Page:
just nutha- No ground peanuts in the paste but I do throw some peanuts in while finishing the curry.
    None of my curry recipes call for ground peanuts. Pretty much limit them to sauces and some marinades and desserts. None of our close friends or family have peanut allergies thankfully.


  119. DrDaveT says:

    @Michael Reynolds:

    Scharffenberger, eh? Now I must have some.

    Beware. There is a chocolate producer of that name today, but it is not the same product — I believe JS sold the name when he switched to making sparkling wines. I have no idea what the current Scharffen Berger tastes like, but I am not encouraged by the fact that it’s vegan.

  120. DrDaveT says:


    Lately I developing the opinion that some of the worlds best quality/price ratio wines are from South Africa.

    I tasted a lot of pinotage a while back, and some of them were excellent, but too many of them have an odd chemical solvent undertaste that I don’t care for. South African chenin blanc, on the other hand, is one of the white wine world’s best kept secrets — great QPR.

    I would expect that in Britain at the moment the best red wine deals would be Portuguese and Spanish wines. Monastrell, which is what the Spaniards call Mourvedre/Mataro, makes some scrumptious and affordable wines in Jumilla and Yecla. Portuguese grapes are much more confused, and it’s harder to guess at the quality from looking at the label, but there are some great bargains to be had. (And for white wine, albarino/alvarinho is another great qpr option.)

  121. de stijl says:


    Wheat flour tortillas are way better at the cohesion, not randomly ripping and falling apart thing, but are the most bland of the options. Acceptable.

    Yellow corn tortillas are the tastiest, but are most prone to disintegrating like prison grade toilet paper under the most minimal amount of stress. You look at a yellow corn tortilla and it splits and falls apart. After the first bite it’s basically knife and spoon. Yummiest.

    White corn tortillas are my taco delivery system of choice. The best of both worlds. Relative structural integrity and taste. Optimal.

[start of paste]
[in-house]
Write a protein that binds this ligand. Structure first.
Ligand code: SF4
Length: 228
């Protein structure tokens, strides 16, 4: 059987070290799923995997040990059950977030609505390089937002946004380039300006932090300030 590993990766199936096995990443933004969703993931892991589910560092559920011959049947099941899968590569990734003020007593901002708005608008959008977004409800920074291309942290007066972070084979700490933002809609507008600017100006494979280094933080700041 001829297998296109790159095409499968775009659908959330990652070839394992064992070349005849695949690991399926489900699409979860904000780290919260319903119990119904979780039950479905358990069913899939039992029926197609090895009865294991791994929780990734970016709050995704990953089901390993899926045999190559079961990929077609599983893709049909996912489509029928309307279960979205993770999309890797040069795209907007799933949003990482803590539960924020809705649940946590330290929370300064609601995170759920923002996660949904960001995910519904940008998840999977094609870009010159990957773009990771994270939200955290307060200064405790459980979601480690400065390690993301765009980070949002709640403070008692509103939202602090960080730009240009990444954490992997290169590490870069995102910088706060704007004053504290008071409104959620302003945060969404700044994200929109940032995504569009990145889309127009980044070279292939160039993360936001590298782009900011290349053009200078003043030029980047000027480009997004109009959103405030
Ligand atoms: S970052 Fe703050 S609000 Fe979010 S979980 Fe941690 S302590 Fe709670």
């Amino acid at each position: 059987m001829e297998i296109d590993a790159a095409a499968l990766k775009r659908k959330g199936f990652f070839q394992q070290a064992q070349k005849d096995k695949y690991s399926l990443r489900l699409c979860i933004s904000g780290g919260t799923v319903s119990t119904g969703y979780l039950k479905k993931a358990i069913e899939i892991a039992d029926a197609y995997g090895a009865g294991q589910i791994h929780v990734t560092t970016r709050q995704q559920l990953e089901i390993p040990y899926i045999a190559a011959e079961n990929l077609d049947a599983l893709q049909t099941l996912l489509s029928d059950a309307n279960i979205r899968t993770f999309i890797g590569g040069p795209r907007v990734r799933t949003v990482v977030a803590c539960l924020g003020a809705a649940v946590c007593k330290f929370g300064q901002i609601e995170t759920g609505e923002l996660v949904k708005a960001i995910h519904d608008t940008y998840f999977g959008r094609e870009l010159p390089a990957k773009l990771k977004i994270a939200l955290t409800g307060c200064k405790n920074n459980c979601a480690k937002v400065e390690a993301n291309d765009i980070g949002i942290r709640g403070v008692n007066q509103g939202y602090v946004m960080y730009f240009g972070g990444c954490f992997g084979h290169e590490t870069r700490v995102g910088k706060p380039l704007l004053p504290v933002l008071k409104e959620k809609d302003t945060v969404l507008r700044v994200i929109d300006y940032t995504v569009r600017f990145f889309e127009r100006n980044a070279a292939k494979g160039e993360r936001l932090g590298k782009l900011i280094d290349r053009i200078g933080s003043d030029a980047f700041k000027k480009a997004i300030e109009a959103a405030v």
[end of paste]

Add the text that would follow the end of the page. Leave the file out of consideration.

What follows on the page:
122. JohnSF says:

    Pinotage is umm, divisive. LOL
    Def. agree on the good SA chenin; a varietal I developed a taste for on holidays in the Loire region of France.
    SA Bordeaux cabernet/merlot/cot blends can be very good, IMO.
    Portuguese: yes, some excellent stuff if the buyer picks a good ‘un.
    Like a lot of European appellations, the grape varieties aren’t often specified. As long as they are within the local definition rules, it’s not considered necessary to be specific.
    Which often works fine.
    Dao, Douro reserva.

  123. de stijl says:

    @de stijl:

    When I said “Western” earlier that was entirely too broad. I basically meant Anglo American. Swedish cuisine fairly routinely uses berries in savory dishes, for example.

    In the US I can think of two dishes that pair fruit and meat: pork chops and apples. For Freya’s sake do not buy applesauce in a jar. Buy a freaking apple, split it, core it, slice it, leave the skin on, throw it in a low medium hot pan with a bit of butter, the key is a smidgen of salt. Cinnamon and cumin if you’re feeling frisky. Maybe rosemary. Takes 8 minutes tops and is easy peasy and a million times better than applesauce out of a jar. Any idiot could do it.

    The other is cranberry sauce on Thanksgiving turkey. Do not buy the crap in the can. Just buy some actual cranberries and do a super simple reduction.

    The third other other is tacos al pastor. Pork and pineapple perfection. Not “American”, but has found a welcoming second home. Certainly North American.

    Sweet + savory rocks. Berries and meat go together better than peas and carrots.

  124. Pete S says:

    For sure, Lindt is my favourite of the mass market chocolate. Kind of wish the closest store was more than 10 minutes from my house so it would be a little harder to acquire.

    Do you mean the “Canadian bacon” that is sold in the States? Tried it once and was not impressed. The real local bacon we call peameal is actually more like ham coated in cornmeal. Sliced thick and grilled it is amazing.